Samsung releases a browser for smartwatches. Who will it be for?

Ten years ago, when connected watches hit the market, manufacturers tried to make real miniaturized smartphones. This is how we have seen the emergence of particularly numerous applications such as mobile games, task management systems or even Internet browsers.

Since then, whether it’s Google, Apple or the watch makers themselves, most players in the sector have realized that it was impossible to ask smartwatches to have the same utility as a smartphone with a much larger screen. Now, the main uses focus on sports and health data, but also on some features offered on certain applications such as listening to streaming music, paying without contact or finding routes.

Google, for example, doesn’t offer a version of its Chrome browser for connected watches. However, this does not prevent one of its main partners, Samsung, from providing an Internet browser for its watches equipped with the Google system.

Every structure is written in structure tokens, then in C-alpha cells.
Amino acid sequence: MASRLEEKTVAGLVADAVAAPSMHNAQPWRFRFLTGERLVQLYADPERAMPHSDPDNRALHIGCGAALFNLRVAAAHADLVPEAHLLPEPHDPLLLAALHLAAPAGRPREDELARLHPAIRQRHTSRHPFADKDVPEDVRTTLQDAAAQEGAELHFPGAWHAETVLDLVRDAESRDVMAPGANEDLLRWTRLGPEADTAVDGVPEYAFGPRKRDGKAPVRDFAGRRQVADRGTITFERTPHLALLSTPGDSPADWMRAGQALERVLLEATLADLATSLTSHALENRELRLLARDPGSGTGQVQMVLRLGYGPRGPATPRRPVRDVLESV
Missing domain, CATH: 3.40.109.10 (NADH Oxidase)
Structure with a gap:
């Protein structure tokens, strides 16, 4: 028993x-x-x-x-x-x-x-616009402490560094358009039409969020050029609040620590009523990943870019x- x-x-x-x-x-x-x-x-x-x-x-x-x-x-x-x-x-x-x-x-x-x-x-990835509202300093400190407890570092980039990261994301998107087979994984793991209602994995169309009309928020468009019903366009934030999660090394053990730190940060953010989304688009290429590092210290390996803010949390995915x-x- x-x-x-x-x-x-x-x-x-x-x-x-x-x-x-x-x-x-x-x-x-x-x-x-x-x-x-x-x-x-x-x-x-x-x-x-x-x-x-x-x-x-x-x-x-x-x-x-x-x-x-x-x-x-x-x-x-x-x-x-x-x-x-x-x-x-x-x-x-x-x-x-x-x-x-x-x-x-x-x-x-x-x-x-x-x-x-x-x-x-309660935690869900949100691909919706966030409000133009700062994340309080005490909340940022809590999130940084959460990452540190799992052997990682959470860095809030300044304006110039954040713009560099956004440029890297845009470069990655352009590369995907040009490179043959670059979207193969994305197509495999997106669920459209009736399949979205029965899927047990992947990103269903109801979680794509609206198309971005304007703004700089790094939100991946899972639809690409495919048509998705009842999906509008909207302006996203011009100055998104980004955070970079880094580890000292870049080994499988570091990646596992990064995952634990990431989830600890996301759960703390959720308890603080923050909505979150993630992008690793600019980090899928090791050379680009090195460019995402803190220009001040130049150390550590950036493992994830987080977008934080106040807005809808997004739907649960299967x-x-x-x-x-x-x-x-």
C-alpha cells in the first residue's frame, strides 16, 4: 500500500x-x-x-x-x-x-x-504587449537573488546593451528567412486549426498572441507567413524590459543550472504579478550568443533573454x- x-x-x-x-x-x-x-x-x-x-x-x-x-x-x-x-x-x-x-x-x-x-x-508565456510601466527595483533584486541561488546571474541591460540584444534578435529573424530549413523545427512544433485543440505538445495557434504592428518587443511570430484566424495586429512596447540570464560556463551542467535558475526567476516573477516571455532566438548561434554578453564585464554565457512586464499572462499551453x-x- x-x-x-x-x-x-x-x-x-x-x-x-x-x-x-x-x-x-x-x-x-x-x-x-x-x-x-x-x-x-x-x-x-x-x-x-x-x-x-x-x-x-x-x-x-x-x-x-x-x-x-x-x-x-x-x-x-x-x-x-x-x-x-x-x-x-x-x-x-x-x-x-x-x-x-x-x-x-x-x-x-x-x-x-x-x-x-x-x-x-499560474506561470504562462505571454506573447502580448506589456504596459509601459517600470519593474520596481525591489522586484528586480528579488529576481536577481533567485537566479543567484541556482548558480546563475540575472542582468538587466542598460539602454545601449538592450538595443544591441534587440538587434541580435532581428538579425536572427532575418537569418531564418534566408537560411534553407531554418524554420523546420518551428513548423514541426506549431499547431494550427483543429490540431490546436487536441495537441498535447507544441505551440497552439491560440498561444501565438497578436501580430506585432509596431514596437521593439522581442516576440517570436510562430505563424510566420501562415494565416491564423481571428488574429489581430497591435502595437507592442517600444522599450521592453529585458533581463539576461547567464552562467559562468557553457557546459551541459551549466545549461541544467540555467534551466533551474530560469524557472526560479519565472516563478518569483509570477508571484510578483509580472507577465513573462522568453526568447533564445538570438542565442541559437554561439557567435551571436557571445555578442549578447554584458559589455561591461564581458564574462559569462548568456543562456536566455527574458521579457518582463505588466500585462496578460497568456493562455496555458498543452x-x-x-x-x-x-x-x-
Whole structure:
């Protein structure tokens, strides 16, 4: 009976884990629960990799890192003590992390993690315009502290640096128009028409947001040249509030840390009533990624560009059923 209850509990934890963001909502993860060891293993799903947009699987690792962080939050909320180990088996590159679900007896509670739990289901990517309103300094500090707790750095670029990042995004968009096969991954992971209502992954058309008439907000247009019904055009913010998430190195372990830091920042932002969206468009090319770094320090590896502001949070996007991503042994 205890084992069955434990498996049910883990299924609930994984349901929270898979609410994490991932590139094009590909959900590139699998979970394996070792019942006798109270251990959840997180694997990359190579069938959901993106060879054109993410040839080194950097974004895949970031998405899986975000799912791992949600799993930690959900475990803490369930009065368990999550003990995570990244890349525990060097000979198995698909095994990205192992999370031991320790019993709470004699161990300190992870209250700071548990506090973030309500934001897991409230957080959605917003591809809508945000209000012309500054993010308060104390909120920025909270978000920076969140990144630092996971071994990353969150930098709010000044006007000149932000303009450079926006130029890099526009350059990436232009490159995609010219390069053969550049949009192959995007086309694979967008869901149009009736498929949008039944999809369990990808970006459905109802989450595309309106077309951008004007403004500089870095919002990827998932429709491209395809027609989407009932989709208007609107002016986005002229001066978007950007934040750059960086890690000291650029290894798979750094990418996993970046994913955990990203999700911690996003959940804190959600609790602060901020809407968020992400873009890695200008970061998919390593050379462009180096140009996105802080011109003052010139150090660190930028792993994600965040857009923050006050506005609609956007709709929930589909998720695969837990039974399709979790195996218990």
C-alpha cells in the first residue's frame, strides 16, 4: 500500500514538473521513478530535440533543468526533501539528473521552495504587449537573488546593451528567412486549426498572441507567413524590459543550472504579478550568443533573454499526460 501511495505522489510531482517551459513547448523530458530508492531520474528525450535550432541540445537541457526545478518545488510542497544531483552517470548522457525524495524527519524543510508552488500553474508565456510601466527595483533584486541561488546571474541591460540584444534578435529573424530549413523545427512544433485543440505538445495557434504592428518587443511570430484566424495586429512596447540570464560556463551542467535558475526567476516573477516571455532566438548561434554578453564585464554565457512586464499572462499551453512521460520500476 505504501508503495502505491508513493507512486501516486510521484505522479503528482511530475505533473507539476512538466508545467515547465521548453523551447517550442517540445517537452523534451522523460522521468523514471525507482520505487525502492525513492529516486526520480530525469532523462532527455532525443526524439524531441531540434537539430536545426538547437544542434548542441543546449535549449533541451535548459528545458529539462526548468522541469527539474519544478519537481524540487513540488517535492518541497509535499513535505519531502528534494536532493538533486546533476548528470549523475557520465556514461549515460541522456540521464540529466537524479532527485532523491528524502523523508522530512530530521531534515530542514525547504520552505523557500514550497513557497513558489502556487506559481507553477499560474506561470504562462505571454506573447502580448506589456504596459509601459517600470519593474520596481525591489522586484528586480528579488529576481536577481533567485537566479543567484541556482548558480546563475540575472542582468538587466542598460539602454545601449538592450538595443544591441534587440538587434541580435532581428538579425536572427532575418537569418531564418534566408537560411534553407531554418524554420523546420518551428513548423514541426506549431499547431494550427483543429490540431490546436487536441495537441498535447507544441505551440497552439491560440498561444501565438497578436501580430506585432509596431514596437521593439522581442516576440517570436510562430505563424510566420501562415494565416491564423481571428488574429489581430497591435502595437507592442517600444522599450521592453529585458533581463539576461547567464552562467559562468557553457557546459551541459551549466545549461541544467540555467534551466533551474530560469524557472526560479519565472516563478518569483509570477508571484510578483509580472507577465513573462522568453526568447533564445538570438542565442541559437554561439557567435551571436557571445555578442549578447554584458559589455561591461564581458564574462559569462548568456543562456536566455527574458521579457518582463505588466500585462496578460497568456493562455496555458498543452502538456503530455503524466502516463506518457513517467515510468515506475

As reported by the SamMobile site, specializing in news from the Korean manufacturer, Samsung has in fact made available to its Galaxy Watch 4 and Galaxy Watch 5 users a new application, called Samsung Internet, to allow them to surf the Web directly from their wrist.

An application already offered on Tizen watches

This isn’t the first time for Samsung, as the company has already offered a similar application on its connected watches launched before 2021 and based on its own operating system, Tizen. The idea is simply to allow users who wish to surf the Internet by scrolling through pages and interacting with them using a virtual keyboard.

While this feature offered on Samsung connected watches may appeal to some users, it’s unlikely to truly be adopted by the general public for long-term use. Recall that the Galaxy Watch 5 offers a 1.2 or 1.4 inch display, compared to the minimum 6 inches of recent smartphones offered in 2023. Not counting the round shape of the watch screen, it eliminates part of the text at the top and bottom bottom of the display, affecting reading comfort.

After all, there’s a reason Google has never offered Chrome on Wear OS: Smartwatches aren’t miniaturized smartphones.

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